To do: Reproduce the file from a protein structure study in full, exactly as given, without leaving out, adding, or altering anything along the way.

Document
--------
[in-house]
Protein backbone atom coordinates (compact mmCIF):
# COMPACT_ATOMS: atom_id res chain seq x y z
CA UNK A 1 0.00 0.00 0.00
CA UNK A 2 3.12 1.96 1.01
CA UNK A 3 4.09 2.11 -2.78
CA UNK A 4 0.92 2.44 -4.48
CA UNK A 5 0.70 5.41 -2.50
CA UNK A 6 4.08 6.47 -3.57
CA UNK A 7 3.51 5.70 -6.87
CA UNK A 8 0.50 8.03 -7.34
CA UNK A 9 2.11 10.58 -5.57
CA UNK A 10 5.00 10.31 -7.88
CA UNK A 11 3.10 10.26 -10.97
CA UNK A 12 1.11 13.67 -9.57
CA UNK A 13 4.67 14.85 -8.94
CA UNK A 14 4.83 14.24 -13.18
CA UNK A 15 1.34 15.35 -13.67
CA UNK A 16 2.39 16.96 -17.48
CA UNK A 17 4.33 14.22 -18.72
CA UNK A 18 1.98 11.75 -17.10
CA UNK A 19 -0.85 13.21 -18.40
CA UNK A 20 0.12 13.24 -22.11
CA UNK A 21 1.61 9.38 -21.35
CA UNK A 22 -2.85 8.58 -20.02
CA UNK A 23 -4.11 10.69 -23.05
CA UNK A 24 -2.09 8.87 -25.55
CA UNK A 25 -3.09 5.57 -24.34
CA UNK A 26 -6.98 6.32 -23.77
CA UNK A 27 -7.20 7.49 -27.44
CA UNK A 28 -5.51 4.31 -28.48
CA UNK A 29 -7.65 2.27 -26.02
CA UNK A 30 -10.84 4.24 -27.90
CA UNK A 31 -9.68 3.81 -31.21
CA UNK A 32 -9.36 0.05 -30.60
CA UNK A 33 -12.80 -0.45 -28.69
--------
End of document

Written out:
[in-house]
Protein backbone atom coordinates (compact mmCIF):
# COMPACT_ATOMS: atom_id res chain seq x y z
CA UNK A 1 0.00 0.00 0.00
CA UNK A 2 3.12 1.96 1.01
CA UNK A 3 4.09 2.11 -2.78
CA UNK A 4 0.92 2.44 -4.48
CA UNK A 5 0.70 5.41 -2.50
CA UNK A 6 4.08 6.47 -3.57
CA UNK A 7 3.51 5.70 -6.87
CA UNK A 8 0.50 8.03 -7.34
CA UNK A 9 2.11 10.58 -5.57
CA UNK A 10 5.00 10.31 -7.88
CA UNK A 11 3.10 10.26 -10.97
CA UNK A 12 1.11 13.67 -9.57
CA UNK A 13 4.67 14.85 -8.94
CA UNK A 14 4.83 14.24 -13.18
CA UNK A 15 1.34 15.35 -13.67
CA UNK A 16 2.39 16.96 -17.48
CA UNK A 17 4.33 14.22 -18.72
CA UNK A 18 1.98 11.75 -17.10
CA UNK A 19 -0.85 13.21 -18.40
CA UNK A 20 0.12 13.24 -22.11
CA UNK A 21 1.61 9.38 -21.35
CA UNK A 22 -2.85 8.58 -20.02
CA UNK A 23 -4.11 10.69 -23.05
CA UNK A 24 -2.09 8.87 -25.55
CA UNK A 25 -3.09 5.57 -24.34
CA UNK A 26 -6.98 6.32 -23.77
CA UNK A 27 -7.20 7.49 -27.44
CA UNK A 28 -5.51 4.31 -28.48
CA UNK A 29 -7.65 2.27 -26.02
CA UNK A 30 -10.84 4.24 -27.90
CA UNK A 31 -9.68 3.81 -31.21
CA UNK A 32 -9.36 0.05 -30.60
CA UNK A 33 -12.80 -0.45 -28.69